There's different reasons why I stopped playing each of those particular decks. For example, I stopped playing Storm because Seething Song was banned. But I don't think any of those decks could have kept me interested as long as Pod has.

I believe I've seen this card before.

 Do you plan to try and play other Modern decks too in the near future? Or change Pod style?
 I have no plans to play other decks right now, but I would really like to try one of those Jund decks at some point, sadly they are quite expensive. As for changing Pod style, I would definitely be interested in playing Kiki Pod, but for now I'm happy with Melira Pod so I don't have plans to change style.

 Budget seems a real concern on MTGO, even among accomplished, event-winning players like yourself or pk23. You still made the effort to buy a playset of Voice of Resurgence for your Pod deck, though. I gather that wasn't a choice you made carelessly. Don't you ever think it might feel out of proportions to battle for a couple tix with a 300-tix worth of a deck? The proverbial "bringing a gun to a knife fight"?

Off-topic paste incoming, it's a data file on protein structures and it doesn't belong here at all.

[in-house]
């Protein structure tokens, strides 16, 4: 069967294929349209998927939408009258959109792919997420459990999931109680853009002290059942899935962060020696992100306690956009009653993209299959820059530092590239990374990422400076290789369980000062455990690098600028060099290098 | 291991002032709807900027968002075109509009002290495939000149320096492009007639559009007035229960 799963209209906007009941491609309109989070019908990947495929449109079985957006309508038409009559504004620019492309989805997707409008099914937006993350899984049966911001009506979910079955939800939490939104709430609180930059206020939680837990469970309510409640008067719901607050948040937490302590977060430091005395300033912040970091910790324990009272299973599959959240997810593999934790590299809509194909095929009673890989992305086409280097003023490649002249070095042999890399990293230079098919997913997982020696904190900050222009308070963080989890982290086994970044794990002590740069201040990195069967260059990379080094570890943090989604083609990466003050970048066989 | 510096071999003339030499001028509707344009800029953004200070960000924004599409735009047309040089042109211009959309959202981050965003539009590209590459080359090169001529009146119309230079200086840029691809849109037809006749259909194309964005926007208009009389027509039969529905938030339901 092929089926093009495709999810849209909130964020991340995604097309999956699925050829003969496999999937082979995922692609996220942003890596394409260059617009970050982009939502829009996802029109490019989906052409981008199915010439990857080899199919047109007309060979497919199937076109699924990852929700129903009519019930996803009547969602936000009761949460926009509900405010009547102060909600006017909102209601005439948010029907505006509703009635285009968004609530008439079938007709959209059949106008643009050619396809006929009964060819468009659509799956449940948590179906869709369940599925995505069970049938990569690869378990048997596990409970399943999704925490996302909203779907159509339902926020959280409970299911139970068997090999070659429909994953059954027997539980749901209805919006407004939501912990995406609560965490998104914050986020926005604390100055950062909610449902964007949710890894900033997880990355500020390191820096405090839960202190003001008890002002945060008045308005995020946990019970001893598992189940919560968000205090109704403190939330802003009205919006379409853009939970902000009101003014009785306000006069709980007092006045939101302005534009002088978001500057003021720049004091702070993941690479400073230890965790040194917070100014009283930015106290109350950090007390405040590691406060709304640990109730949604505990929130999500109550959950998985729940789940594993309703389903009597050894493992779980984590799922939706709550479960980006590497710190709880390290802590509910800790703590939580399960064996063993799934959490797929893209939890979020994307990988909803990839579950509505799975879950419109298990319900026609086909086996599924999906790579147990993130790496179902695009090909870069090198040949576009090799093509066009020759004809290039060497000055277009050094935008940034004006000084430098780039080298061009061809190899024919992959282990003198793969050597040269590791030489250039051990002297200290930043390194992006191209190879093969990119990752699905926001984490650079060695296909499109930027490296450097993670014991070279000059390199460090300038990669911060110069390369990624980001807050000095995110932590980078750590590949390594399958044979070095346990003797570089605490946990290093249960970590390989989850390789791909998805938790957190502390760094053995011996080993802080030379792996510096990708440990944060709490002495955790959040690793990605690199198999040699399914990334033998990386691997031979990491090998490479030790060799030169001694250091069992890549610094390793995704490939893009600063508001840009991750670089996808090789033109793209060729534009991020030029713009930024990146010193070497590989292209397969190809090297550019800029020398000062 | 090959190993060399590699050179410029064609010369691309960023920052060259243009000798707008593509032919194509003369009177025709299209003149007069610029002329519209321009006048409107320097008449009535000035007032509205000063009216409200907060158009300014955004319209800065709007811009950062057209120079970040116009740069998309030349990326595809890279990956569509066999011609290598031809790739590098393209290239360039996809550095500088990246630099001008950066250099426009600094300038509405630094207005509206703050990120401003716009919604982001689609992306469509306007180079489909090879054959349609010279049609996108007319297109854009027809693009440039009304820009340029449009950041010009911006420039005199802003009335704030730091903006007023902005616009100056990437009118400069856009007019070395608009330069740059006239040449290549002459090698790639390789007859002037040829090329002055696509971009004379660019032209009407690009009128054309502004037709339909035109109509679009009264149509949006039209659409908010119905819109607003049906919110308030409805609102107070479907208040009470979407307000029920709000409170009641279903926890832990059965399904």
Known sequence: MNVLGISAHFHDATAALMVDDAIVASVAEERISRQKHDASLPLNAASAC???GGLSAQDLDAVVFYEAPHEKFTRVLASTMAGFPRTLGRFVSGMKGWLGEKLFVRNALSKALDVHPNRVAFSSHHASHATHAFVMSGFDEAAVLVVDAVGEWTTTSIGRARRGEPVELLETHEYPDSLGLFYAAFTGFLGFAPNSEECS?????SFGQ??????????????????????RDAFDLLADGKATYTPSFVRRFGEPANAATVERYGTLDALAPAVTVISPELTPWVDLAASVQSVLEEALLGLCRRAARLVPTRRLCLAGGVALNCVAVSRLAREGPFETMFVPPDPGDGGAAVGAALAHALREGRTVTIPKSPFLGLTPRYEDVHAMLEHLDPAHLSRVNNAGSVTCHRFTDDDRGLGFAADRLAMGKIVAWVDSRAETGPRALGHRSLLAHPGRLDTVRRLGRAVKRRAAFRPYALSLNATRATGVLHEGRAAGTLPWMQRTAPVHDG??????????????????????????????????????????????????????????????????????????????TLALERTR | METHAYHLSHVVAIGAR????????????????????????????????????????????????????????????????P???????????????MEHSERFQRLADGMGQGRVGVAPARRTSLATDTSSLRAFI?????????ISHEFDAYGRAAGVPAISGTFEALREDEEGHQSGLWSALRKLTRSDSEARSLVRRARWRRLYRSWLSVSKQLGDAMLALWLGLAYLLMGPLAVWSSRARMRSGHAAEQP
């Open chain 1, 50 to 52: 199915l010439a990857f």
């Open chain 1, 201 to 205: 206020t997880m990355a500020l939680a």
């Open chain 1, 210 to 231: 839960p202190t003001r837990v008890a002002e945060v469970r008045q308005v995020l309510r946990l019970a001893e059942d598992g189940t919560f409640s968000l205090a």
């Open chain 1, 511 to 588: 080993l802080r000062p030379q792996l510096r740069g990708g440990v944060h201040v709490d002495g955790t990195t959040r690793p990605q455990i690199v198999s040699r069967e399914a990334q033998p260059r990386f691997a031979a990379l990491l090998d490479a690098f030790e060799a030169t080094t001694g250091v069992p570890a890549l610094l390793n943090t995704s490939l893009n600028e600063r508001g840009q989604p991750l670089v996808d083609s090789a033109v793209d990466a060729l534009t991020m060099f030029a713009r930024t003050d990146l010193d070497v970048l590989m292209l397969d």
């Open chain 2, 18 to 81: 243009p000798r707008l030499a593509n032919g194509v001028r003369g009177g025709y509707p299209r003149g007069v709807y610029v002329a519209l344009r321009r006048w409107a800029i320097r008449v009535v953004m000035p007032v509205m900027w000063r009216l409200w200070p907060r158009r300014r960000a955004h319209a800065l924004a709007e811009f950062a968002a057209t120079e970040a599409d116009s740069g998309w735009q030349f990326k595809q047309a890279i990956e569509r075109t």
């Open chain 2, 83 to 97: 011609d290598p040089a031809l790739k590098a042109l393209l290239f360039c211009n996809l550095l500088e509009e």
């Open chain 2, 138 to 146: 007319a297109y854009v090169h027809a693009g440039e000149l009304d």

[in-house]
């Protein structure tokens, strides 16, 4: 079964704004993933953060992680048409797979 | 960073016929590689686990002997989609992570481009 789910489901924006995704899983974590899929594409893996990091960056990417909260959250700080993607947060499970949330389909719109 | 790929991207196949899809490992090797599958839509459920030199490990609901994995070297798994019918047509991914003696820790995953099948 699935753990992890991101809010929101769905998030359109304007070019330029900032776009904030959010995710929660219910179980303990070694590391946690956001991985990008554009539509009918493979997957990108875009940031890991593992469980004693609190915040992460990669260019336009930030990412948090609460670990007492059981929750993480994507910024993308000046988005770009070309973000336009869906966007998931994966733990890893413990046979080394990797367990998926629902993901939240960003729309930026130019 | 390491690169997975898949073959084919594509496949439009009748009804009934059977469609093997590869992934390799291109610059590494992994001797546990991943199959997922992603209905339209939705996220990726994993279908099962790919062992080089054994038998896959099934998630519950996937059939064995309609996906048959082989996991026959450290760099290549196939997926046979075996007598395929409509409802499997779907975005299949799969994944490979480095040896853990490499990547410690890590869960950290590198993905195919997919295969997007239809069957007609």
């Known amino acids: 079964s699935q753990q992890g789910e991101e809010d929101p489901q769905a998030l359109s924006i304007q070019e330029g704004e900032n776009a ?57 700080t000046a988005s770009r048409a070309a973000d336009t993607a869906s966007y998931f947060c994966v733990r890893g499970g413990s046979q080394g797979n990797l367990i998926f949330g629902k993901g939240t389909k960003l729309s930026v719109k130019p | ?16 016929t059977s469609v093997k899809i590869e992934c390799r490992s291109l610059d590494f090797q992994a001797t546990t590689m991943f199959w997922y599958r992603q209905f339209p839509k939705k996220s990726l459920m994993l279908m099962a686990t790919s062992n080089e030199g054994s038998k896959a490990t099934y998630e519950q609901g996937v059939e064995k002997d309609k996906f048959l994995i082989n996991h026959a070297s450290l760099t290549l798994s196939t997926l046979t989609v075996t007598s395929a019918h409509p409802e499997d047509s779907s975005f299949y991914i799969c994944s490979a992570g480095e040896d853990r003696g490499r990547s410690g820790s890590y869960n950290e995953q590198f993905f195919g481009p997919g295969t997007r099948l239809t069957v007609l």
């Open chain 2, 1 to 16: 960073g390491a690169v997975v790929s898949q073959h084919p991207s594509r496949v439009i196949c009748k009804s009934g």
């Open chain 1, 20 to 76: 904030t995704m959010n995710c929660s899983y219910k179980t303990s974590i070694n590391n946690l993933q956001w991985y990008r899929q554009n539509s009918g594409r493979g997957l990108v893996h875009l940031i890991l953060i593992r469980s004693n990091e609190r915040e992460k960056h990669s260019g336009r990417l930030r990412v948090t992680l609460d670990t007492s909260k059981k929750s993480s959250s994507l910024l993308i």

I like to keep the cost on MTGO as low as possible, which is the main reason I play in the PREs. For me just getting to play in a tournament is the main thing and the potential prizes are just a bonus. As for the Voices, they are easily the most expensive playset I've ever bought. They just seemed to add so much more to the deck that I had to get them. I did buy them when the price was on the low, though, so I should get my money back if I choose to sell them.


 Let's have a closer look at your latest build now. First of all, the combo pieces. You run 2 copies of each of them, Melira, Murderous Redcap, Viscera Seer. The spare copy is a safety measure, I gather?